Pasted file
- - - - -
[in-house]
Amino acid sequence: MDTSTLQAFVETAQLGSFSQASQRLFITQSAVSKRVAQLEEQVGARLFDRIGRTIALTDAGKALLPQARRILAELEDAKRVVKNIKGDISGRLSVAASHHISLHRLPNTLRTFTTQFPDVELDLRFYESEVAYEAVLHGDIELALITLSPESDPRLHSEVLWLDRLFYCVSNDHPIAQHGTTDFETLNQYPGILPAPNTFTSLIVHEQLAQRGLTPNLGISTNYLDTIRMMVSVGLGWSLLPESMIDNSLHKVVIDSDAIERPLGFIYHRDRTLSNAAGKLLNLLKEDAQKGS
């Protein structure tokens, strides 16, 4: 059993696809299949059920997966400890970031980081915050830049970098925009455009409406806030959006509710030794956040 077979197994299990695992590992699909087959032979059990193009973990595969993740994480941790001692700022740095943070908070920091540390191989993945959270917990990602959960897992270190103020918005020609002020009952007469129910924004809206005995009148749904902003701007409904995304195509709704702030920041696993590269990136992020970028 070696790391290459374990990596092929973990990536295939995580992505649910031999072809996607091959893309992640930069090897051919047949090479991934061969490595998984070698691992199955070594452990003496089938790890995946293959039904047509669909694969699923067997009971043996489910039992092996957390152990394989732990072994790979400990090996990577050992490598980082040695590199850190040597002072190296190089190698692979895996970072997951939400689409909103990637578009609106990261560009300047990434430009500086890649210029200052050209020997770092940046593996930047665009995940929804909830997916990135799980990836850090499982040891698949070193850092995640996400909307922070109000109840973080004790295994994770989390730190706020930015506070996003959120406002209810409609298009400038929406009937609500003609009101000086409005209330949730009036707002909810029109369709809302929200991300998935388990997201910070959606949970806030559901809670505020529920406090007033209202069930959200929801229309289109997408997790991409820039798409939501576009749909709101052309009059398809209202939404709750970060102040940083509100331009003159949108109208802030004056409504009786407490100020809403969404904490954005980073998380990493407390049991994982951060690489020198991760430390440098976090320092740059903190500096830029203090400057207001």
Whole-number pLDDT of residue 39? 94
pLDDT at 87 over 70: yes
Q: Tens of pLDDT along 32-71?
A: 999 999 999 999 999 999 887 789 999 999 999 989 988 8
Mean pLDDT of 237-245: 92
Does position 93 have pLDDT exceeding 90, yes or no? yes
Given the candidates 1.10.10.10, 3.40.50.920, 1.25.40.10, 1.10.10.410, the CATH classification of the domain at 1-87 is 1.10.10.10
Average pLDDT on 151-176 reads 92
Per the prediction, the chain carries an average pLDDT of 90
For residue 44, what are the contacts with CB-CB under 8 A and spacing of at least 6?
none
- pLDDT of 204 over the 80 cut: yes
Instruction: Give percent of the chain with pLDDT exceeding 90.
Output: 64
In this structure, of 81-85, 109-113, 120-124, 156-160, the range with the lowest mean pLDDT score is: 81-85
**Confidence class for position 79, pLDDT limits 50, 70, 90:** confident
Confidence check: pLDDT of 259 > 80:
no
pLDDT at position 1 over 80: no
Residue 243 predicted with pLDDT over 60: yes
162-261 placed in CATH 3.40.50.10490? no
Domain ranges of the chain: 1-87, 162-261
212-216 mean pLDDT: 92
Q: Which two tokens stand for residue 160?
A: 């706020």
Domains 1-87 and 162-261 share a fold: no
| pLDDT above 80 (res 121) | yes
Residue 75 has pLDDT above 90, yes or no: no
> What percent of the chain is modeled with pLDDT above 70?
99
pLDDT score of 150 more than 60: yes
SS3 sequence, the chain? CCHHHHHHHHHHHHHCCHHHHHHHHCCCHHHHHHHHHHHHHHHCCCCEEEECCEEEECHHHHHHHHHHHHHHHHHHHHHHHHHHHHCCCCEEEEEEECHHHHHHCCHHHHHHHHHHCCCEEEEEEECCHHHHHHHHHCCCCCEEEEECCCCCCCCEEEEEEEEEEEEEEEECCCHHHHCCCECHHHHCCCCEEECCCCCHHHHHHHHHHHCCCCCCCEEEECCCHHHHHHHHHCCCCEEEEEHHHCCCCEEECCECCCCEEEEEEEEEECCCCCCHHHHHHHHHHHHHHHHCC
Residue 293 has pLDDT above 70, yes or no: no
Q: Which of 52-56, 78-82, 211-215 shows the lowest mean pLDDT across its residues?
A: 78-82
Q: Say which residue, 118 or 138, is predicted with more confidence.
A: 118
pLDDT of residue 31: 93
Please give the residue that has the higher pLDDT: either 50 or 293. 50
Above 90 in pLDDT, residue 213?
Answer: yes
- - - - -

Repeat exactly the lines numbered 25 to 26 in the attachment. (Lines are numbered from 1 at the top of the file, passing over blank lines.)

Domain ranges of the chain: 1-87, 162-261
212-216 mean pLDDT: 92